Sense of Place

“Place” is important to many of us. For instance, I’ve always wondered just exactly where is the “ridge where the West commences,” (from the song “Don’t Fence Me In”). Best I can figure is this ridge is some north-south crest maybe in Missouri, Iowa, Kansas or Oklahoma where once you top the hill, you can see for perhaps 100 miles, mostly of the plains. In the great distance, you might could see even higher land, all with no trees. We suspect there are cowboys are out there … somewhere.

Perhaps someone reading this will know specifically, in their estimation, “where the West commences.” If so, please let us know. We would not mind going there and seeing for ourselves. And if that area of the country is not promoting itself as the “gateway to the West,” their Chamber of Commerce should be. I know of at least one tourist who would pay to go there.

Fog rising from the Chattahoochee River in Georgia's Piedmont However, far more important a “Place” for me is the north-south divide in Georgia, particularly the “Fall Line.” In Georgia, most people put the Fall Line as basically zig-zagging from Columbus to Macon to Augusta, a line above which the rivers become mostly non-navigable.

To me, the Fall Line was more south and east of Macon. And it had special meaning for me, particularly since I was born just about right on top of what I consider the Fall Line.

For it was what is now Georgia Highway 112, east of Allentown, Ga., in Wilkinson County, the place I was born. Being specific, it was about a mile and half to two miles on this road, east of Turkey Creek.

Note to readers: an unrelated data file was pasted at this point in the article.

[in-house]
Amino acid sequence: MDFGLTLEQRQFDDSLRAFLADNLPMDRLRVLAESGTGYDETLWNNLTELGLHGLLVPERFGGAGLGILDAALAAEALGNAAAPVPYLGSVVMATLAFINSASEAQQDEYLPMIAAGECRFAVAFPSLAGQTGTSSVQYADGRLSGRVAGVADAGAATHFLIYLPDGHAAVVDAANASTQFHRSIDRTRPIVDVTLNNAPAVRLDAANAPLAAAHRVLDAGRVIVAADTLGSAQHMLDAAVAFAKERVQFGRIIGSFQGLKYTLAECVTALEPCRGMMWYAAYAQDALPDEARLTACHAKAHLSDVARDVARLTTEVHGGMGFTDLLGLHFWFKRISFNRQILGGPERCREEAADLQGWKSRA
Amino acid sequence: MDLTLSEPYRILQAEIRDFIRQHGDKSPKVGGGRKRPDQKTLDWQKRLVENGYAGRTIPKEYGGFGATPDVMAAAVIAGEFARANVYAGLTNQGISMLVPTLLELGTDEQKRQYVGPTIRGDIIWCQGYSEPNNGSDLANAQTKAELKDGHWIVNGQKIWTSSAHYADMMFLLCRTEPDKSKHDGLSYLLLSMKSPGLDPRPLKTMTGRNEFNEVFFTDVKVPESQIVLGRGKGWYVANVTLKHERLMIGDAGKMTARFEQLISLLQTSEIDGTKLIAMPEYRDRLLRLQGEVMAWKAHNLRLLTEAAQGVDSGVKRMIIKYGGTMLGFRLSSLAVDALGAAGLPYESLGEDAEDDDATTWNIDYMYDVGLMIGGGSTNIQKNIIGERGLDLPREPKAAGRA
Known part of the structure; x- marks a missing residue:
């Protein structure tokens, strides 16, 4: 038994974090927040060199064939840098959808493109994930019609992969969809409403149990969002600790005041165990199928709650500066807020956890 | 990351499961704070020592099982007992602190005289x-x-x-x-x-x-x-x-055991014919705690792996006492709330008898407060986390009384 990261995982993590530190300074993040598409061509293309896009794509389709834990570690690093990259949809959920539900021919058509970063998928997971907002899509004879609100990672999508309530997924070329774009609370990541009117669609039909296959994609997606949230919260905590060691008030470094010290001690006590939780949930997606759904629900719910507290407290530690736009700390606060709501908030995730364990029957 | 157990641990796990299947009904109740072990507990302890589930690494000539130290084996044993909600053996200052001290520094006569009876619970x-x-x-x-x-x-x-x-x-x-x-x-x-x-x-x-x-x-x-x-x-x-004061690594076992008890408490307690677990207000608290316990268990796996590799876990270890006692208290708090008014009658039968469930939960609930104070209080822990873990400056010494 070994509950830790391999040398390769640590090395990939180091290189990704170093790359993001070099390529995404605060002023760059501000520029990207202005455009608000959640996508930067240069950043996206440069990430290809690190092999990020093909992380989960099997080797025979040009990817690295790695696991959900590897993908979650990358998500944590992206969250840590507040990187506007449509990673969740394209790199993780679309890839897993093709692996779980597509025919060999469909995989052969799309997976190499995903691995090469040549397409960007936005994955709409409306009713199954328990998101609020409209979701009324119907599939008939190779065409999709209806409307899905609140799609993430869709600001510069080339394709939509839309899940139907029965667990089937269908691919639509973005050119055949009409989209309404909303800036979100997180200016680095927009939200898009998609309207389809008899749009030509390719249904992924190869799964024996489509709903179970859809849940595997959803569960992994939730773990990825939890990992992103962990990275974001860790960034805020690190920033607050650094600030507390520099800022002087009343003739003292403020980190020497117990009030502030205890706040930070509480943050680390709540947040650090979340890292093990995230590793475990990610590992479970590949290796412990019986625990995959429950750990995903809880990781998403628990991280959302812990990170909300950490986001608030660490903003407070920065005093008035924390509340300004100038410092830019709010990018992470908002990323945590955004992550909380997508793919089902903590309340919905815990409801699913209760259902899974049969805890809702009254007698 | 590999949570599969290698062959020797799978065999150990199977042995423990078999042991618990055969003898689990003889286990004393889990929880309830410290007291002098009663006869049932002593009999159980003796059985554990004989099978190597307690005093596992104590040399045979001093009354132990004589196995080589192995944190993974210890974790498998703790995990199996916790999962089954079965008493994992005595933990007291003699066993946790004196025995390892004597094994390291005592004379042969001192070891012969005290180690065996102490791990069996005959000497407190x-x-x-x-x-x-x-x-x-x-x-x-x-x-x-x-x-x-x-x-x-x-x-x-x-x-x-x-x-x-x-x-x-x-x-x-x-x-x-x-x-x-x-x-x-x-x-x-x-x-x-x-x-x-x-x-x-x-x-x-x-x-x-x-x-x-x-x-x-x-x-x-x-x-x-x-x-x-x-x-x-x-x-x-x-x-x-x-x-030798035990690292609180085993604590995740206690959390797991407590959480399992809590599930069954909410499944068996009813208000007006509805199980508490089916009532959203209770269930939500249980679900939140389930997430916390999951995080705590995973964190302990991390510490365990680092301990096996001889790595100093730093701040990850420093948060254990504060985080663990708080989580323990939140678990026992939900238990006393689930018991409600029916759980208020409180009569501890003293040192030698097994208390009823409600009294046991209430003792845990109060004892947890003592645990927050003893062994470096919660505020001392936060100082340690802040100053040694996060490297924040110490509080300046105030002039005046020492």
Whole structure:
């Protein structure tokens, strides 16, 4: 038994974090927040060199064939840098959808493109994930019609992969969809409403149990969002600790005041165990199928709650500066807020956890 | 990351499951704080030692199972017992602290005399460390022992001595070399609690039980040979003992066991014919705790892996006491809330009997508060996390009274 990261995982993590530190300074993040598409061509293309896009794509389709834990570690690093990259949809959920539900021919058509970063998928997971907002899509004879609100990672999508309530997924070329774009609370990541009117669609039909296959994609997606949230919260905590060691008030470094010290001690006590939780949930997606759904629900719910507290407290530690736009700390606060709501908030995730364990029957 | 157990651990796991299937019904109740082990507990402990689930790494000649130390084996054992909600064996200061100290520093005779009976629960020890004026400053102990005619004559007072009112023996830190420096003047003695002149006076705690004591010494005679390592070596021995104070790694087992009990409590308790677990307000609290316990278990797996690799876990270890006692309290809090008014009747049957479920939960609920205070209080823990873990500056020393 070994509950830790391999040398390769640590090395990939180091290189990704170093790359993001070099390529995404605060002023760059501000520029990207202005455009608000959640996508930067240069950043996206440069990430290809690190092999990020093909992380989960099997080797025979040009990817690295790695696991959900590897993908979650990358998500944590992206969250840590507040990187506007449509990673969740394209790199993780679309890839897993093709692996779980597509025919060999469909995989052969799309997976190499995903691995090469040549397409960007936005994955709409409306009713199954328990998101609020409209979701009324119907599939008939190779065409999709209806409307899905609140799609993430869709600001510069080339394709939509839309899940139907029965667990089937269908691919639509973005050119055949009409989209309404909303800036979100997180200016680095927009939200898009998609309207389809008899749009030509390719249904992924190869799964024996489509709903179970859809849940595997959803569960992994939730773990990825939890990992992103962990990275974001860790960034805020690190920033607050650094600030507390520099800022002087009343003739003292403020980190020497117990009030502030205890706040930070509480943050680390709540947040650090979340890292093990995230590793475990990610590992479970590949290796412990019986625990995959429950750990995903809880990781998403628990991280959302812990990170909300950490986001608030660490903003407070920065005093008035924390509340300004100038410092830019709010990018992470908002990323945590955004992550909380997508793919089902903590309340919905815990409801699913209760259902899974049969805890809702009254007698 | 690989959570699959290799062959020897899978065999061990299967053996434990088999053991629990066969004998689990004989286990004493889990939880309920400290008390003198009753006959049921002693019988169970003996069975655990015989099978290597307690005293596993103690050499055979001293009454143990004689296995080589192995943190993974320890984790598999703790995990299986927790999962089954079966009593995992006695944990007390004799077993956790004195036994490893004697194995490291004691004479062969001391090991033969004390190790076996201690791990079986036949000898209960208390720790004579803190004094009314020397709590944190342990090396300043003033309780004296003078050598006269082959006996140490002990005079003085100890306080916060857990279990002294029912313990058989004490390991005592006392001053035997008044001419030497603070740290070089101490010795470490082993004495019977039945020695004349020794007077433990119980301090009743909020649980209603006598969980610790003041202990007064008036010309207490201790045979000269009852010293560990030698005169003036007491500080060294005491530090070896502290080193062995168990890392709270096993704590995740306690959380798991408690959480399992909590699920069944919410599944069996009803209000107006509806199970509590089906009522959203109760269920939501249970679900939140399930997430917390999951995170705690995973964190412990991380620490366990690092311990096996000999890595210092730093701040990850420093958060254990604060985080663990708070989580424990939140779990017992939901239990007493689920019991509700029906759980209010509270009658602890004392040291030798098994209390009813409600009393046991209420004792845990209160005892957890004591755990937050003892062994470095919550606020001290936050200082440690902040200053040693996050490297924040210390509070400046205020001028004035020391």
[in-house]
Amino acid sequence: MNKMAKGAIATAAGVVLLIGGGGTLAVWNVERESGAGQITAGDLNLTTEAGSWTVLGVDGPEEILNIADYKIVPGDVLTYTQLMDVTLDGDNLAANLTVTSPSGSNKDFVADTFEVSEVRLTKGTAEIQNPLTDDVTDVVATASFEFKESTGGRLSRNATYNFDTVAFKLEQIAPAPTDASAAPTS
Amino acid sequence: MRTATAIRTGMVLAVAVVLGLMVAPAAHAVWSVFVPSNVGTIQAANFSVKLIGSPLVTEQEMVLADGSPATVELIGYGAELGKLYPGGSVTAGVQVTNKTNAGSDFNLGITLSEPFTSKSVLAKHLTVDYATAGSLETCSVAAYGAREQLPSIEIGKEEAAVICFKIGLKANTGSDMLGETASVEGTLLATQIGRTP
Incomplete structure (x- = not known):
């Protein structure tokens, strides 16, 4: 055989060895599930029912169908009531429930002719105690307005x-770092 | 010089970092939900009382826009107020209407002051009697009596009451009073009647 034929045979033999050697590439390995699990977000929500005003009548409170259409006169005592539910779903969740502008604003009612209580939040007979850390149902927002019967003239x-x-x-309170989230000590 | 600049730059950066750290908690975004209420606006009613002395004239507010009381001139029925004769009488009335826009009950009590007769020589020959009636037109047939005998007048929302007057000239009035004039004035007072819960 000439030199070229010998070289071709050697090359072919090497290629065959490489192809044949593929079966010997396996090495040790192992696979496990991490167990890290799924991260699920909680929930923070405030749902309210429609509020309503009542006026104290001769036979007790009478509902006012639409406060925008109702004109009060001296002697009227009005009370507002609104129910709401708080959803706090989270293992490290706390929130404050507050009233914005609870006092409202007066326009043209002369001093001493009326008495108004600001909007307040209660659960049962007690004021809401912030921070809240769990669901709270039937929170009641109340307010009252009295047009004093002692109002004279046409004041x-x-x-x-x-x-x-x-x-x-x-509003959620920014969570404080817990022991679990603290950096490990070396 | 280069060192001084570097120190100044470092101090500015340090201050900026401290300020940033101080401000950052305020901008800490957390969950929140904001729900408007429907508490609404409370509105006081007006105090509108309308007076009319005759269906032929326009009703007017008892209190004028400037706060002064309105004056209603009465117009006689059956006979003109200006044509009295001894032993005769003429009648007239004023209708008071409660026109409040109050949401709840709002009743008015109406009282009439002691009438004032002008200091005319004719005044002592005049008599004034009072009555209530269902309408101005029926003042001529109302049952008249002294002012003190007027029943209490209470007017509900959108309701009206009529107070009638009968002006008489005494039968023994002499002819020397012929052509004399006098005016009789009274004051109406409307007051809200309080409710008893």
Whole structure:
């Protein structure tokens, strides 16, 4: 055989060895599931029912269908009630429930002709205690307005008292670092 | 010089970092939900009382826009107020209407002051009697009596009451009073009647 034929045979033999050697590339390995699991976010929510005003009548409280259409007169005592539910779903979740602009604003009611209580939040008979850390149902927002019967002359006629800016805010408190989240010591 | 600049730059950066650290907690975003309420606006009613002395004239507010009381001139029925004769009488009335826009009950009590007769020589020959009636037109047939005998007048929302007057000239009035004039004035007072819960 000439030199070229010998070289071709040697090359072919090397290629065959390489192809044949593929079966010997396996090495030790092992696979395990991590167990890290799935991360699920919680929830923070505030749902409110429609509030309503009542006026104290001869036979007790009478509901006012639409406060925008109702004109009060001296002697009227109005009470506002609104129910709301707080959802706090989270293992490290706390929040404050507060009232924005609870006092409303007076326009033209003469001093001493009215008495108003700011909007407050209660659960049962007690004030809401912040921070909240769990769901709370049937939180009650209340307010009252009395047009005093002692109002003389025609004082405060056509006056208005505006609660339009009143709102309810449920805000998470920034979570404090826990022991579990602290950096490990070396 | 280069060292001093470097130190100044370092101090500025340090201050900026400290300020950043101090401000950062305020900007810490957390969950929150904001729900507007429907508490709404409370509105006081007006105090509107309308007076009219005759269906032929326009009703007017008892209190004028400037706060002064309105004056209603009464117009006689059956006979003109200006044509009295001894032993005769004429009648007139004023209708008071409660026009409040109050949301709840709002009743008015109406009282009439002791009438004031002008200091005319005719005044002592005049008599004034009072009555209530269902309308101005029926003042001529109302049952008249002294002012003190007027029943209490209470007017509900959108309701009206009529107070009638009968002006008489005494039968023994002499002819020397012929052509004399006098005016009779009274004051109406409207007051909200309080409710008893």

Here’s why I have always thought of it as the Fall Line: to a young person’s concept of the topography of that area, it seemed to me as if everything south of Georgia Highway 112 was flat, sandy soil (the Coastal Plain) and great for row crops. Everything north of that same road was hilly, red clay and difficult to plow, essentially the Georgia Piedmont. It is far better for grazing cattle than trying to break the ground and raising any crop in the mostly red-clay soil.

This dividing line was, to me, a sharp deviation in the lay of the land, north to south, similar to that “ridge where the West commences.” It puts my mind at ease about matters in general.

Yes, though I seldom get back to this “place,” it is from where my Brack family is descended. (My mother’s family, Collins, was centered about 10 miles north – in the red clay area). We get back now to these places mostly for funerals or family gatherings. And I’ll spend my last road trip when a hearse takes me back to be planted in the cemetery at Walnut Creek Baptist Church. It’s about another two miles east from my birthplace on Georgia Highway 112. We’ve already got a plot in the cemetery waiting for us.

Since the church is on the north side of the highway, I’ll be buried in the red clay soil of the Piedmont of Middle Georgia. Had it been on the other side of the road, to me that means I would have been in the sandy soil of the Coastal Plain. With modern backhoes, the grave diggers won’t have much difficulty in opening up the soil in the “place” they will be putting me.

Editor's note: This story originally published at Image credit: Fog rising from the Chattahoochee River in Georgia's Piedmont licensed by at © Austin Foote
Elliott Brack

Elliott Brack

Elliott Brack is a native Georgian and veteran newspaperman. He published the weekly Wayne County Press for 12 years; was for 13 years the vice president and general manager of Gwinnett Daily News, and for 13 years was associate publisher of the Gwinnett section of The Atlanta Journal and Constitution. He now publishes, in retirement, Web sites on Gwinnett County,, and Georgia news,